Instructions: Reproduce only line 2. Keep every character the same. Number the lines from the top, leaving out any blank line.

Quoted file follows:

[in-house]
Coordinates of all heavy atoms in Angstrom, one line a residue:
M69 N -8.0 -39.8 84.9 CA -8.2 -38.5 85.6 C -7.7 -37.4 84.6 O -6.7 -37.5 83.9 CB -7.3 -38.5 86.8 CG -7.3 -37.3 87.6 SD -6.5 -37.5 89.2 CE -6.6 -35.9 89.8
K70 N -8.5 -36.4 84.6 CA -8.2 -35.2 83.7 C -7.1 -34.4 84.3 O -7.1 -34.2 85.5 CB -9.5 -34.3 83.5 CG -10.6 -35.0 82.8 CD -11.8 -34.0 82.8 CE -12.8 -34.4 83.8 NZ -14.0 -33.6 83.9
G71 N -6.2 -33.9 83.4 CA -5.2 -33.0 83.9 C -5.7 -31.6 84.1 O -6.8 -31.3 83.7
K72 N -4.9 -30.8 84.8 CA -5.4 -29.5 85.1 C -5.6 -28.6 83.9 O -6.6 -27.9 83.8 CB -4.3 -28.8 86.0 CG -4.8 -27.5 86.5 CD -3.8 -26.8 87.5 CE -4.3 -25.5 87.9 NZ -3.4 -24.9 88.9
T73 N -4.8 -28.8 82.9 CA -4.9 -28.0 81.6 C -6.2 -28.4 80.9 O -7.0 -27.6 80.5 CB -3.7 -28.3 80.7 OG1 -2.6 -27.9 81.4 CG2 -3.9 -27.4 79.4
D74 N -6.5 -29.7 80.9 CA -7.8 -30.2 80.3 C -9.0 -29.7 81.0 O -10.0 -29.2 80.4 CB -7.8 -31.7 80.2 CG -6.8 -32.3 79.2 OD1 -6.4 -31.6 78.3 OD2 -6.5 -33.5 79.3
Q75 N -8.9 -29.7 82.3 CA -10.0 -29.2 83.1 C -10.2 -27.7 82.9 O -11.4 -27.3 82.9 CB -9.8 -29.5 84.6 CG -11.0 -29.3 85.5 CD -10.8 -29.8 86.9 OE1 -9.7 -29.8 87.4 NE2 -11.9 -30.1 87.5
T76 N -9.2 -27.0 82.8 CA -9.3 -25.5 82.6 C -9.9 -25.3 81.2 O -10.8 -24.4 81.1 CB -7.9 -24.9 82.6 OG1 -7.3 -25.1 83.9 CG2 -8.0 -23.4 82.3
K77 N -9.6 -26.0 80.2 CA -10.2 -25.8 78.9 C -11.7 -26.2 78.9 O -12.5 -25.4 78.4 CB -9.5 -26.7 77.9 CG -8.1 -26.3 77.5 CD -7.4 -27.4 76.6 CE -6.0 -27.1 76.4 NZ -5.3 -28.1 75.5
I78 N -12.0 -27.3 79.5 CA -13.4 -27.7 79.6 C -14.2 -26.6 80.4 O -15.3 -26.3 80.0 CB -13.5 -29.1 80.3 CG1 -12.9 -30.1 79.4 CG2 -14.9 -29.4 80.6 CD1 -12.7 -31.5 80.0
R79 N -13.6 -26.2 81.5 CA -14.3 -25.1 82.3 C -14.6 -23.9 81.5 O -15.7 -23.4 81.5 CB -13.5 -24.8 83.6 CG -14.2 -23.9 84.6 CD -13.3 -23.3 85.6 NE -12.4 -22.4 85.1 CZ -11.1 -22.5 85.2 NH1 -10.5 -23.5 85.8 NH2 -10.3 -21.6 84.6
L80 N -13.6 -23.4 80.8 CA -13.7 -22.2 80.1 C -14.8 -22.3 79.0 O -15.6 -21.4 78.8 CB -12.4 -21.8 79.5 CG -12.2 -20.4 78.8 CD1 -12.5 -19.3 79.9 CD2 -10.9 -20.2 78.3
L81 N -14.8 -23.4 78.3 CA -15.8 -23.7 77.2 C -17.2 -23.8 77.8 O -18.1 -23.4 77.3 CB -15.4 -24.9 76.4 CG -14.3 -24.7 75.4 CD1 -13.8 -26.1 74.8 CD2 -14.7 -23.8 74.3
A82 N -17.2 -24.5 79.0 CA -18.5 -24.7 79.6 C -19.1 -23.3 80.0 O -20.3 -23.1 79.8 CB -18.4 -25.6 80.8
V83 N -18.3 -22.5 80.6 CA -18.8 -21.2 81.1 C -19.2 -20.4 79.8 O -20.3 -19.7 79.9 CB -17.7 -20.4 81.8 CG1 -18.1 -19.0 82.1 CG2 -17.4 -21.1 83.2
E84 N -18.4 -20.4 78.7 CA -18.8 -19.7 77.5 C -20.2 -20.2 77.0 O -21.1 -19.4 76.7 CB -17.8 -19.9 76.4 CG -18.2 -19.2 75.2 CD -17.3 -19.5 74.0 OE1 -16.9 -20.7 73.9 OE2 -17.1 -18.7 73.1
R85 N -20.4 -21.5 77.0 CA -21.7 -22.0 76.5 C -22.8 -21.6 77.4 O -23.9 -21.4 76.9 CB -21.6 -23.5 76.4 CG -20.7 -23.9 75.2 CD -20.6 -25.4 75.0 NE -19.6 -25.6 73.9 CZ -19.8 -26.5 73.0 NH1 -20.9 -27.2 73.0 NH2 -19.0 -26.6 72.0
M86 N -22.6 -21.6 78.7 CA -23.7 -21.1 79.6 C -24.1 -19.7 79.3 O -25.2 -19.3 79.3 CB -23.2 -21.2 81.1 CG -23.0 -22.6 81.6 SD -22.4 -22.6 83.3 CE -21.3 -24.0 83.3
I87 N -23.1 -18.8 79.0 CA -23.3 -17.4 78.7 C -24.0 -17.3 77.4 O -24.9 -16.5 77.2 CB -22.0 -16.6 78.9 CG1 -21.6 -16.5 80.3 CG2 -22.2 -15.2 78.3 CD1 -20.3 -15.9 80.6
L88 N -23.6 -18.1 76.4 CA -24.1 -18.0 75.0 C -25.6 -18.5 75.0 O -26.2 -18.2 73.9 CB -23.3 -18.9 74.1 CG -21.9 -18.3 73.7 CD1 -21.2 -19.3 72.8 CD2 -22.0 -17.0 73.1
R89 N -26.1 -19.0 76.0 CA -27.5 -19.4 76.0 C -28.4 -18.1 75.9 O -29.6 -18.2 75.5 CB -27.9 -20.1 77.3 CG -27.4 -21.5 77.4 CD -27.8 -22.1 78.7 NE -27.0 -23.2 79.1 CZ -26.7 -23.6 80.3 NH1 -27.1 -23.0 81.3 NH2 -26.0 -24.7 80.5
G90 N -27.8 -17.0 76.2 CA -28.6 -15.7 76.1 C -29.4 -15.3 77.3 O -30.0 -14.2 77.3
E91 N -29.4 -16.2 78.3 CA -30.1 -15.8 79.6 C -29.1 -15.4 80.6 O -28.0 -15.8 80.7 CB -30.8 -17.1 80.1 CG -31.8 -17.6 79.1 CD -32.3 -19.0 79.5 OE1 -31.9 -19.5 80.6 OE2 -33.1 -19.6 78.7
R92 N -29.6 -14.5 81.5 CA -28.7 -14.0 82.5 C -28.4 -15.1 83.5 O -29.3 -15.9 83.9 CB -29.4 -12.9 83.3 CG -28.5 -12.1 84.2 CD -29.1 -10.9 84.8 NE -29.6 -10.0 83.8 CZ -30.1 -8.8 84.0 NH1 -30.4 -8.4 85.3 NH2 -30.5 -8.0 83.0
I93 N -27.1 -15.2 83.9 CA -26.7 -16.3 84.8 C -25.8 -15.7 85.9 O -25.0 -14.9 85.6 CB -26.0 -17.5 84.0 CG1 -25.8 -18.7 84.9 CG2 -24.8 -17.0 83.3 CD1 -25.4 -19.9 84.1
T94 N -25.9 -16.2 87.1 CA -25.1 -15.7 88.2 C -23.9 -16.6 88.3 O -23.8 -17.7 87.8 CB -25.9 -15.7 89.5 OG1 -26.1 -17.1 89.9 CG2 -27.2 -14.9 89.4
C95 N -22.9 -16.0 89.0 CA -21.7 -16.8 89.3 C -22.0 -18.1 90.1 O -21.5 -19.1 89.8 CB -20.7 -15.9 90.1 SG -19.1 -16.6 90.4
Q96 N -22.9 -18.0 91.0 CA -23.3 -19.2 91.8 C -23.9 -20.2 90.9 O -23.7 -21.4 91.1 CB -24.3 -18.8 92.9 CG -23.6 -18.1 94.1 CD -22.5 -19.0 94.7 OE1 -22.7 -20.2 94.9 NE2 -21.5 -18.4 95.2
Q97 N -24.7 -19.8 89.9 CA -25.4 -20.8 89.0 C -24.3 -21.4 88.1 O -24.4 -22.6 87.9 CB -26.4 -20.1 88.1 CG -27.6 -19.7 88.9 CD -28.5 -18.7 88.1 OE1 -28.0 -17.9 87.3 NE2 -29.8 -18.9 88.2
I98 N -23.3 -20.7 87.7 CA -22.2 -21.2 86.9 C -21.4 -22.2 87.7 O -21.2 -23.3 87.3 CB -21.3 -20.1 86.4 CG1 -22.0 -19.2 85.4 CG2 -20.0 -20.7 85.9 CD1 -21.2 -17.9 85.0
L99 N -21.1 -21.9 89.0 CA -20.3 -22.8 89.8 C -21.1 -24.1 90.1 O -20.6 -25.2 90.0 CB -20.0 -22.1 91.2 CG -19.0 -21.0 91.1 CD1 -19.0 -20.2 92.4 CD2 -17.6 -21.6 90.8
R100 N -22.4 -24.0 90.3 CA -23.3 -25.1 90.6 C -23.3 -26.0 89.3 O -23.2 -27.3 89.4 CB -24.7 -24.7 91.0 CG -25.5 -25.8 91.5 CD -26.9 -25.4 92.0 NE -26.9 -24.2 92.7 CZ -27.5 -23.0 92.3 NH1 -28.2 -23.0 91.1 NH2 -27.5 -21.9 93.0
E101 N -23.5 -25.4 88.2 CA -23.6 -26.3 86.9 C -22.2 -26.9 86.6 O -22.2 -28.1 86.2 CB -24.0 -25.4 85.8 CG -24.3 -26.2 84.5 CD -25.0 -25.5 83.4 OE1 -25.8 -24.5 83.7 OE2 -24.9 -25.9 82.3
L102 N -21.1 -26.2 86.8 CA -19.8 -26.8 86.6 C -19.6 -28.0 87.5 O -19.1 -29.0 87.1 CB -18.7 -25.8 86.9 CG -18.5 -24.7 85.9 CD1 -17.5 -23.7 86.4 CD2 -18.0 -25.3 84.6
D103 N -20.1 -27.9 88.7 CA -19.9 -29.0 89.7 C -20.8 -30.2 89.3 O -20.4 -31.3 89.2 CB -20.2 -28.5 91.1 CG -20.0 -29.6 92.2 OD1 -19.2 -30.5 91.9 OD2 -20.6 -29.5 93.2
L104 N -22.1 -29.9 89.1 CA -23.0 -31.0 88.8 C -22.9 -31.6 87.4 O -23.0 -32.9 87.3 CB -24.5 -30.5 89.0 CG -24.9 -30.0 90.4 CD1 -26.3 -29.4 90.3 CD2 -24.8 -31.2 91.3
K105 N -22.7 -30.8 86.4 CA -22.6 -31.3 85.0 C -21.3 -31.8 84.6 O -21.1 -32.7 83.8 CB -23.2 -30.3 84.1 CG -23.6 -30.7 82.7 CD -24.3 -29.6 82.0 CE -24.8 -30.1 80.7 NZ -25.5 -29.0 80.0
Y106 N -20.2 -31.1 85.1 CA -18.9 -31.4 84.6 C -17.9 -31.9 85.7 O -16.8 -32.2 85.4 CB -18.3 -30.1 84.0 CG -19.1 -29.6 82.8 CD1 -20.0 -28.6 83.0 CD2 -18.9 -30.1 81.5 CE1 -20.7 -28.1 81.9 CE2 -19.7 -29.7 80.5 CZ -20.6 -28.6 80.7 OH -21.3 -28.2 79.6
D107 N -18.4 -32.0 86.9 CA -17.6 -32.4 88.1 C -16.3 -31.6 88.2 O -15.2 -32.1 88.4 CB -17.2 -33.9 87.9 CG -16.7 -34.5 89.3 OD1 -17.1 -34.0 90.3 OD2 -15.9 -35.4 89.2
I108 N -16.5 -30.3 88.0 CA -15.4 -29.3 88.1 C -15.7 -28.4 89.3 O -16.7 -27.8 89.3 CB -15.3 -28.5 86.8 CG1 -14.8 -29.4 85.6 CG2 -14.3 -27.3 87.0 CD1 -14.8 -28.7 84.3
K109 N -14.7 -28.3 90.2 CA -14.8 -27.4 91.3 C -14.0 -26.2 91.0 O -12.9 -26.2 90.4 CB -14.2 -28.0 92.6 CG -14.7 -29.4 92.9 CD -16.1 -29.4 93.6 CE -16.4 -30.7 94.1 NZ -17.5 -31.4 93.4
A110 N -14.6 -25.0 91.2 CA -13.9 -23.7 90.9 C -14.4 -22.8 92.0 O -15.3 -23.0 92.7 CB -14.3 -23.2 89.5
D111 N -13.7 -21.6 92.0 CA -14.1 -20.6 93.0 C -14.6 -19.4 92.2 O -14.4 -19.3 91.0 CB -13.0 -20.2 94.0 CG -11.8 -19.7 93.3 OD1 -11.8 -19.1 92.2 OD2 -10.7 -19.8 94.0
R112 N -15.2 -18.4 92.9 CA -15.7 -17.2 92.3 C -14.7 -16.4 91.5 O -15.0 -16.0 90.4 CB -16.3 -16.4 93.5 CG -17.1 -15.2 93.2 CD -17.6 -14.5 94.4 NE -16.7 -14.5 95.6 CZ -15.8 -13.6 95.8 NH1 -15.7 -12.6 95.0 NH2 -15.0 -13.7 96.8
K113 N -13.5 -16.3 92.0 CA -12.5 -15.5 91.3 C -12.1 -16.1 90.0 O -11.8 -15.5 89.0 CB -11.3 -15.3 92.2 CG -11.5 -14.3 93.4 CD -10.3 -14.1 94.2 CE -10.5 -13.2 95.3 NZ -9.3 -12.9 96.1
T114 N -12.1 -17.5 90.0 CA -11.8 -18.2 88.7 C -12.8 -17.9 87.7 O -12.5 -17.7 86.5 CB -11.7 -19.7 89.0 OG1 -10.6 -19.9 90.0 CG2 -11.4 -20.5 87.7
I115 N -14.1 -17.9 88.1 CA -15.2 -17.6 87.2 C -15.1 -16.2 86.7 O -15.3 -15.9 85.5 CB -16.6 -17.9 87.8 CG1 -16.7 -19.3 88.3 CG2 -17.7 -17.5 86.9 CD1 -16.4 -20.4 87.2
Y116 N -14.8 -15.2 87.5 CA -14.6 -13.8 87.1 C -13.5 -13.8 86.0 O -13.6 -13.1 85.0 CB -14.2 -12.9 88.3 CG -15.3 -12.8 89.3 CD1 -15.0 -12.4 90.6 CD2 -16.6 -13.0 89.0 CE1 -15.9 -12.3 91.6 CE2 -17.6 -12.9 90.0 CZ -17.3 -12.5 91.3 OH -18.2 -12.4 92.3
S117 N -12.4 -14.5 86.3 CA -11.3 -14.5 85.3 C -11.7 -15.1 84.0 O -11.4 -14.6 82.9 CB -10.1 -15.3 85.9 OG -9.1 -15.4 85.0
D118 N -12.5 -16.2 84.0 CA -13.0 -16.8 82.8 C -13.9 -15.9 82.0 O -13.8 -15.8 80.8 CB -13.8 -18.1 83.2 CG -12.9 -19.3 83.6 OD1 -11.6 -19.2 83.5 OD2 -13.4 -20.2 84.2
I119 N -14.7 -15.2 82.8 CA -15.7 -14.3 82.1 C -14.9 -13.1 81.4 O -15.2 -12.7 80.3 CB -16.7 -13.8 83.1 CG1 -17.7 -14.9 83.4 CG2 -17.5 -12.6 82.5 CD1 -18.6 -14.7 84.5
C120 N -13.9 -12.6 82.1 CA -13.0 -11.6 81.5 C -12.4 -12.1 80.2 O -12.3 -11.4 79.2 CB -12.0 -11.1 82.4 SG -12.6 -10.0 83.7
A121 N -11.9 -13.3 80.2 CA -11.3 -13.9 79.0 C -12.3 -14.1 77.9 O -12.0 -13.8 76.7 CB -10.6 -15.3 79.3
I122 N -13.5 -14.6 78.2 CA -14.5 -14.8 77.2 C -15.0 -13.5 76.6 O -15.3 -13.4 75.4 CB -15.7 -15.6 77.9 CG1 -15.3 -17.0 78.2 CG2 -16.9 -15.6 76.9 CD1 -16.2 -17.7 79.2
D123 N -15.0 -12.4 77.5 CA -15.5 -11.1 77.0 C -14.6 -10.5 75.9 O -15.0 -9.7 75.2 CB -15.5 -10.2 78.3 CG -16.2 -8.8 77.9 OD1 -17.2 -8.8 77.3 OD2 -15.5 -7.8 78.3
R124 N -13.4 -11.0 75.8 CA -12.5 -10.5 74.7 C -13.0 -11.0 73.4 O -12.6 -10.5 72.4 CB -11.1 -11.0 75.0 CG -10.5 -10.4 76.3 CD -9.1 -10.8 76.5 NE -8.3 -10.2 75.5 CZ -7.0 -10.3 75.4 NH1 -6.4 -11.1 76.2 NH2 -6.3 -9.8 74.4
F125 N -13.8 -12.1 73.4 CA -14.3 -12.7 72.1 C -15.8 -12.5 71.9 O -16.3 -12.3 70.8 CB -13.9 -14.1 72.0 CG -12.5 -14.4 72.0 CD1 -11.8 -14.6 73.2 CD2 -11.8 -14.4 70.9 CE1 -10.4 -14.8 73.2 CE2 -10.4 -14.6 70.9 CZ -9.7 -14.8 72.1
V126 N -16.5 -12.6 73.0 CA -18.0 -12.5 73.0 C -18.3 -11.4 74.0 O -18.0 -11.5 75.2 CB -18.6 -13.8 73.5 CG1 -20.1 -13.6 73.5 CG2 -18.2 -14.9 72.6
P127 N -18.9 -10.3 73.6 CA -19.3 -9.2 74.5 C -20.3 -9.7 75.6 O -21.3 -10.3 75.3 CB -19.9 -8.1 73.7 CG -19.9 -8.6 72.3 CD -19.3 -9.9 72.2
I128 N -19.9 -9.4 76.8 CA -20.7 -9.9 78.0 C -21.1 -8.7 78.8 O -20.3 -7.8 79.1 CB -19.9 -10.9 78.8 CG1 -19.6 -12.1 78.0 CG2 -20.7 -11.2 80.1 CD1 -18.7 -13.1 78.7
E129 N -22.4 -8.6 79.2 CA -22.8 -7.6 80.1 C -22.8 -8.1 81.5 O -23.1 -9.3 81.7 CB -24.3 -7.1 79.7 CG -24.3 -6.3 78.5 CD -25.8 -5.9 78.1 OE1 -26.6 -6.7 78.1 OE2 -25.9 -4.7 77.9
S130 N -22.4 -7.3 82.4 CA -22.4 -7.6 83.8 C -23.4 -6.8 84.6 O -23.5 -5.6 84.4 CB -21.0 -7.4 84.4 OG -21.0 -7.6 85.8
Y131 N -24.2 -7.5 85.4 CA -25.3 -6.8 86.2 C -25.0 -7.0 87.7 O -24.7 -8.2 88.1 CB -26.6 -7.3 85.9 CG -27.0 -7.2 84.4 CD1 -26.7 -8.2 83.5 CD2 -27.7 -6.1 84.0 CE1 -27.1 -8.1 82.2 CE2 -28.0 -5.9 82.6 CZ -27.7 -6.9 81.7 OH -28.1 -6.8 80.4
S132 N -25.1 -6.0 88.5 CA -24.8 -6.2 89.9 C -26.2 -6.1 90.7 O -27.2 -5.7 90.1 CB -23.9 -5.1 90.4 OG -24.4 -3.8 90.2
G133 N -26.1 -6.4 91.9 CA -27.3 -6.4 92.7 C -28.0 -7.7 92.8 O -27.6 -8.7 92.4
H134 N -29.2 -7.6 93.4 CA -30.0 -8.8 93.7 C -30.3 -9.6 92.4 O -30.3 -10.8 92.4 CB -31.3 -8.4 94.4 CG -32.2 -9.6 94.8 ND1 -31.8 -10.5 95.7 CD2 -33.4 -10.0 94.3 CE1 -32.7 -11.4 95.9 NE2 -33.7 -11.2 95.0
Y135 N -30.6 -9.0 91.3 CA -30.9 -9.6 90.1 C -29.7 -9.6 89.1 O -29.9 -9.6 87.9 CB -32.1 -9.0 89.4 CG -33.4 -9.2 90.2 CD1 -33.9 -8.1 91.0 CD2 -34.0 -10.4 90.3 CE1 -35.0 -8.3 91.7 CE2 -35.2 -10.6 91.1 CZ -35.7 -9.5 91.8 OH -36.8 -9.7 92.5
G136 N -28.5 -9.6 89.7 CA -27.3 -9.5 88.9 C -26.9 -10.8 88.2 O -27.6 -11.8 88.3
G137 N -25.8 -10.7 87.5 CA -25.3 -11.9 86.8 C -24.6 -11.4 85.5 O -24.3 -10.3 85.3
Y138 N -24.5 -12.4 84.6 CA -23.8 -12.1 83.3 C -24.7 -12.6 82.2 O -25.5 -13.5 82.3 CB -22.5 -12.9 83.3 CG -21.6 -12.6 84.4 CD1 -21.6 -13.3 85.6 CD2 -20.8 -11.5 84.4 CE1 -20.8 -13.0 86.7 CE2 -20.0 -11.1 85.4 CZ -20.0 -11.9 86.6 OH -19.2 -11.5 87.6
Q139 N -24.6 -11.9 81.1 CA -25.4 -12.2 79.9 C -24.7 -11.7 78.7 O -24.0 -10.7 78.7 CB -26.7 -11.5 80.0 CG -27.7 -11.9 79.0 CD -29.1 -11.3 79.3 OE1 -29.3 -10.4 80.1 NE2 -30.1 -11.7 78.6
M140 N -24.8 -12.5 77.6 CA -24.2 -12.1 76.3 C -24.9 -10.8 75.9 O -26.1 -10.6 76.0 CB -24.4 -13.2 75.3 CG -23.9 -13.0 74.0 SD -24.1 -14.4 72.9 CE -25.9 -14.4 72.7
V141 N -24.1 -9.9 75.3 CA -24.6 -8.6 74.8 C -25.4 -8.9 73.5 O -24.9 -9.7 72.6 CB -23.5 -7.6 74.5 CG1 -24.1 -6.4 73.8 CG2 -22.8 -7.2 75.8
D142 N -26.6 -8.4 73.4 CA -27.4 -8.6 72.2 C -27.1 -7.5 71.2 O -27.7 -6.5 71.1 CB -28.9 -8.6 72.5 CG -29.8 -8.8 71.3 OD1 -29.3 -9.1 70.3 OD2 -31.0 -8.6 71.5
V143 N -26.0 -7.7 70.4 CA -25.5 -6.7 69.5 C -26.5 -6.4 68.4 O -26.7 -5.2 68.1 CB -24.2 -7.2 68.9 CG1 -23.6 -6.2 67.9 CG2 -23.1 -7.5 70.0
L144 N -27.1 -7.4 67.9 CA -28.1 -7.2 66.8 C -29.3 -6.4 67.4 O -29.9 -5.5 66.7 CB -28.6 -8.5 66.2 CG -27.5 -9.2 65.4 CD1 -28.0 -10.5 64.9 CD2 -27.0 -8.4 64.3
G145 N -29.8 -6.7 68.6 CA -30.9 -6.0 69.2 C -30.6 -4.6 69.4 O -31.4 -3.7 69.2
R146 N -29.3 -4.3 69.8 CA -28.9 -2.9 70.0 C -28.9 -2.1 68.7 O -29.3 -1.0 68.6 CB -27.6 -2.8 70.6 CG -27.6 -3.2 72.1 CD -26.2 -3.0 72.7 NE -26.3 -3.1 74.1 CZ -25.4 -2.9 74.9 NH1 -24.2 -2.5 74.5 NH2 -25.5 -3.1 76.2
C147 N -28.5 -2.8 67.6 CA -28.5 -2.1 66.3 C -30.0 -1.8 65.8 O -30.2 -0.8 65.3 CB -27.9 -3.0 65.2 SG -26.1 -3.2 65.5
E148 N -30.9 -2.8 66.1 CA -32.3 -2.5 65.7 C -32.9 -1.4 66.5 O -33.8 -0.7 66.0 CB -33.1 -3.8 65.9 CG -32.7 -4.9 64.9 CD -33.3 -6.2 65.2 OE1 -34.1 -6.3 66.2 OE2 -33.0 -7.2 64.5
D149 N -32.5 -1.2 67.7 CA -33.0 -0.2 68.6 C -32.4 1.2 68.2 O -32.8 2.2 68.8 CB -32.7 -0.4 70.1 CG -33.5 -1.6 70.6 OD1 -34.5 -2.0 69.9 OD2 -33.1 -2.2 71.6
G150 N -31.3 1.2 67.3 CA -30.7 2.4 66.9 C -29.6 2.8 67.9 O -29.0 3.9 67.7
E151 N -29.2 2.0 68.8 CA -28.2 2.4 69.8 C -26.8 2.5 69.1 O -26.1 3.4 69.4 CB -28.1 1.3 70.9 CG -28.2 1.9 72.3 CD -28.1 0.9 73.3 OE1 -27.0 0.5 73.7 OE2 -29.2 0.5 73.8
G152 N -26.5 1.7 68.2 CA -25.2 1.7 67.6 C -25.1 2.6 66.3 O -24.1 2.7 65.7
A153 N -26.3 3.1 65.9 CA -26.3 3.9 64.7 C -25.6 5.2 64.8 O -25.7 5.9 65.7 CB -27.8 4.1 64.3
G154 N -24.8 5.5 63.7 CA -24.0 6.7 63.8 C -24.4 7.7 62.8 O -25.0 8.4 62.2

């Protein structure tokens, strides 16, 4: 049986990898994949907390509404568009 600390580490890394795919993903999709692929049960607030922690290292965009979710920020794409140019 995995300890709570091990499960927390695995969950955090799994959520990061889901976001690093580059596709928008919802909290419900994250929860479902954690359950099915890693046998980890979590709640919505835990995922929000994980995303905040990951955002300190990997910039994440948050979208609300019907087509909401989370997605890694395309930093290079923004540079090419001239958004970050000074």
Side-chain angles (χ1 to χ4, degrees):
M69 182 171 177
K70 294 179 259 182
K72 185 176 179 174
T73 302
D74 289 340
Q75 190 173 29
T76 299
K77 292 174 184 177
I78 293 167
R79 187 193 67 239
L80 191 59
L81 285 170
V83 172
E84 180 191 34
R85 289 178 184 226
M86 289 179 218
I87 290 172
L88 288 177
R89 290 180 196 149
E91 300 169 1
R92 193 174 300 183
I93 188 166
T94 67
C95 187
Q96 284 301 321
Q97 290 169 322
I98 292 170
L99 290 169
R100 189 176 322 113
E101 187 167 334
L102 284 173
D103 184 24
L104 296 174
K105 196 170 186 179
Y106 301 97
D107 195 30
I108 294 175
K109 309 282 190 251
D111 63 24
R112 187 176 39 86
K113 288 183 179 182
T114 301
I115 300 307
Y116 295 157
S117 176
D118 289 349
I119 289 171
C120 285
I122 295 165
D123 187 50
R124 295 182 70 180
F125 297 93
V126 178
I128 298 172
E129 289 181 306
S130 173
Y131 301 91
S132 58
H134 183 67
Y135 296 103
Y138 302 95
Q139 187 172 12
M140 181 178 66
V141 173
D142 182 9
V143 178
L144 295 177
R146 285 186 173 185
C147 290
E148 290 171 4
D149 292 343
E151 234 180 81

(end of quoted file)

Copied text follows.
Coordinates of all heavy atoms in Angstrom, one line a residue: